Your Guide to the Caribbean - - Contents -

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amaica is the third largest is­land in the Caribbean and lies just south of Cuba. This is an is­land that boasts some­thing for ev­ery­one with hun­dreds of miles of un­spoilt, quiet beaches and a colour­ful cul­tural and cos­mopoli­tan her­itage. Ja­maica is widely con­sid­ered to have the most stun­ning land­scapes to ex­plore. Vis­i­tors are drawn to Ja­maica for its beaches, grand ho­tels, su­perb all-in­clu­sive re­sorts and laid-back inns. Most are im­pressed with the sounds of reg­gae,




the taste of jerk cook­ing and the warm, friendly smiles of the lo­cals. Add to this, sev­eral world­class golf cour­ses, charm­ing old plan­ta­tion houses and tiny vil­lages dot­ted through the ma­jes­tic Blue Moun­tains, (where they grow the best cof­fee in the world), all in a re­laxed at­mos­phere and you’re jam­min! This is just a taste of the di­verse ex­pe­ri­ences Ja­maica has to of­fer. Com­bined with the warmth and friend­li­ness of the lo­cals, it’s an es­cape from ev­ery­day life you’ll never for­get.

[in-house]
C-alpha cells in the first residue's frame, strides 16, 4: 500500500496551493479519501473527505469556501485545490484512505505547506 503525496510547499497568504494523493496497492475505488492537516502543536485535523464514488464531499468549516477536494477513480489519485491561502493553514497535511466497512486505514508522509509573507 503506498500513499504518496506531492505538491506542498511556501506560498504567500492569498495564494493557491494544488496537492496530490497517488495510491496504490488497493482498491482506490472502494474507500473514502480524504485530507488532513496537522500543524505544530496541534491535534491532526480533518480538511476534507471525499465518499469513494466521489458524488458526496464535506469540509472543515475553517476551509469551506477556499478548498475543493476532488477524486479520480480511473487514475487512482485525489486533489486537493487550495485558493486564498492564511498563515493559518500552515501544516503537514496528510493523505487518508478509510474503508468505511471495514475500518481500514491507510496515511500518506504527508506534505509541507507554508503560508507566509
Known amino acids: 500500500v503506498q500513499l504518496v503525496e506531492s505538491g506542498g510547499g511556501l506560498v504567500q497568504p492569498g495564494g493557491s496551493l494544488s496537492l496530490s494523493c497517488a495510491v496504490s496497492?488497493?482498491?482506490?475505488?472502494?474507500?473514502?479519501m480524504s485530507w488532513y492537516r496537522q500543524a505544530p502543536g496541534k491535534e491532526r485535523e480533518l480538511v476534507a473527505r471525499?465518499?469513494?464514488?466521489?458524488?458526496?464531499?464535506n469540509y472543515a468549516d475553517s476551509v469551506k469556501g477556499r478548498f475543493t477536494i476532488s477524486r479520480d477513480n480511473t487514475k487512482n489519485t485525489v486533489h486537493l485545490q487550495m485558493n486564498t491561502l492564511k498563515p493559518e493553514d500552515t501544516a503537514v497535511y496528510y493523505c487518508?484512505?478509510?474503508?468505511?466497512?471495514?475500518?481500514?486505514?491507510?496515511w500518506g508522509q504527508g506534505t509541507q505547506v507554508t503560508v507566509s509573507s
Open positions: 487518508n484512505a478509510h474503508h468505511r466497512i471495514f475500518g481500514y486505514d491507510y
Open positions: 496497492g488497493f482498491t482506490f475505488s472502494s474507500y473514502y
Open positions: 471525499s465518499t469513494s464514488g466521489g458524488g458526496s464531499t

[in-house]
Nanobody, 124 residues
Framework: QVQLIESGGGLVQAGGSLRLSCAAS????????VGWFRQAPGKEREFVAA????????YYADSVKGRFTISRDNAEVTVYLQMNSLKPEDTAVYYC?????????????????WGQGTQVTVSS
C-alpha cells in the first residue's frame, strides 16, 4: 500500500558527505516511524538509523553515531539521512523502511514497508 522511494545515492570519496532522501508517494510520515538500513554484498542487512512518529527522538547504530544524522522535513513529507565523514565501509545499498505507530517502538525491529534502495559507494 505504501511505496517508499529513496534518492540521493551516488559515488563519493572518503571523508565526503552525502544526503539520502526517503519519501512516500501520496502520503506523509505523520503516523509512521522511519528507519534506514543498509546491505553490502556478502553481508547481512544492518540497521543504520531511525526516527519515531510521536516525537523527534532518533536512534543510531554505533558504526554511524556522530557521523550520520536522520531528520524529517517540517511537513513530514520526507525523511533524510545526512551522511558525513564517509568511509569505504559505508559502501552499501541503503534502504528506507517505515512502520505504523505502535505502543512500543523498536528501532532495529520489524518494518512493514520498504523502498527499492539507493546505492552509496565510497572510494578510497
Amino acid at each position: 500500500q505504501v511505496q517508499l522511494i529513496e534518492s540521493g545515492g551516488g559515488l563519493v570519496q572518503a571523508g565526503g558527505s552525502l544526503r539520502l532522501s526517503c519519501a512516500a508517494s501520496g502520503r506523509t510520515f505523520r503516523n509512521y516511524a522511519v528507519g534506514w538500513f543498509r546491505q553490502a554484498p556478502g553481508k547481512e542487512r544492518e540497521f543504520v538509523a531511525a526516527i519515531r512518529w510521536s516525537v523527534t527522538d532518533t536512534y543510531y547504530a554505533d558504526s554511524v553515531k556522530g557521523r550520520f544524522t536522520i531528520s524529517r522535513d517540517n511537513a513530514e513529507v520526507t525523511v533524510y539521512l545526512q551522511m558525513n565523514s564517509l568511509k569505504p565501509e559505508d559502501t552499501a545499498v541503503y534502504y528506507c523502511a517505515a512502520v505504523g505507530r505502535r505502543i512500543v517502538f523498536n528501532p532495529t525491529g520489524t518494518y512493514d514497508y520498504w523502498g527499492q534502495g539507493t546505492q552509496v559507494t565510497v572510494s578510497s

The main air­ports in Ja­maica: Sang­ster In­ter­na­tional (Mon­tego Bay), Nor­man Man­ley In­ter­na­tional (Kingston) and Ian Flem­ing (Ocho Rios).

EU cit­i­zens do not re­quire a visa to visit.

The of­fi­cial lan­guage is English.

The time zone is GMT -5hrs or BST -6hrs. Bri­tish Air­ways, Vir­gin At­lantic, Thom­son and Thomas Cook run di­rect flights.


Reg­gae Marathon (De­cem­ber), Ja­maica Jazz & Blues Fes­ti­val (Jan­uary), Reg­gae Sum­fest (July), In­de­pen­dence Day (6th Au­gust)

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